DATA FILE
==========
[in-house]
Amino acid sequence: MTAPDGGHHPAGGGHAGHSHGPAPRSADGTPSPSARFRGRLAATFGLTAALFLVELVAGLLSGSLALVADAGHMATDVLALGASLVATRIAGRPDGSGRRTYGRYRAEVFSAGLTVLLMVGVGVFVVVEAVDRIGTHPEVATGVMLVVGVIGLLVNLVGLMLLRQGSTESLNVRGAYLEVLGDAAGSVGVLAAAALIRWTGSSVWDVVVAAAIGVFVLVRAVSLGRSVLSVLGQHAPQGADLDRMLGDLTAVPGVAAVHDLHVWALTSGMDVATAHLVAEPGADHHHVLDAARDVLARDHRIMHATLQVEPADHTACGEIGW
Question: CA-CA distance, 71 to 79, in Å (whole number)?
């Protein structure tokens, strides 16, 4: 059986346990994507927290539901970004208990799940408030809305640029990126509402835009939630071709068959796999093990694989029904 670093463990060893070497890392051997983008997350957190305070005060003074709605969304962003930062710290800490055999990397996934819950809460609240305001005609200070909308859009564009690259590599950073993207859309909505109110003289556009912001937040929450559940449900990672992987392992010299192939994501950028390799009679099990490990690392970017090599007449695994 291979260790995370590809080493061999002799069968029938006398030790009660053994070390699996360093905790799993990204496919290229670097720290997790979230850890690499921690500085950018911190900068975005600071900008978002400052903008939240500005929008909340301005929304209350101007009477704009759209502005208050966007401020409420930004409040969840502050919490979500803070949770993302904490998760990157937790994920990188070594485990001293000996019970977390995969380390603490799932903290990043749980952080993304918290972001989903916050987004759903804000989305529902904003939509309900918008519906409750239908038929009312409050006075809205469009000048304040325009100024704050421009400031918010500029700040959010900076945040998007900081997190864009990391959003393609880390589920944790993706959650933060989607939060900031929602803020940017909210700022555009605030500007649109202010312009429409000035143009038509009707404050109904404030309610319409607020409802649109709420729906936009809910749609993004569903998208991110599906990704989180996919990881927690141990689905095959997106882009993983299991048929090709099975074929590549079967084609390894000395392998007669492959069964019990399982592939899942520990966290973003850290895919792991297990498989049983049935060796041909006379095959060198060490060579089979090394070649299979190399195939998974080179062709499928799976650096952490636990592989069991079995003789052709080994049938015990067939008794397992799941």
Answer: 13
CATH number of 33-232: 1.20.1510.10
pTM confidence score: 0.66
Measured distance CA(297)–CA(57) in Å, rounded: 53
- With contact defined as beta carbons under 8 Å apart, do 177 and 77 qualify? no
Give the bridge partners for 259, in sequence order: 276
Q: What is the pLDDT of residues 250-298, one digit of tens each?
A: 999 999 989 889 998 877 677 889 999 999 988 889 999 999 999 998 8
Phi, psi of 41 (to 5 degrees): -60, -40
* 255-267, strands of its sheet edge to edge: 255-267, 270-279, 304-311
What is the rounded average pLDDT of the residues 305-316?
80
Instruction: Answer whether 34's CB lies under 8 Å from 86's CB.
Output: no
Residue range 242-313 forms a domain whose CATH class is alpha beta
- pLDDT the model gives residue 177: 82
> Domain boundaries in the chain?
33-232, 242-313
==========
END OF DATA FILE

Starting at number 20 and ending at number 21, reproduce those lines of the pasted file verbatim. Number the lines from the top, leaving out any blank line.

- pLDDT the model gives residue 177: 82
> Domain boundaries in the chain?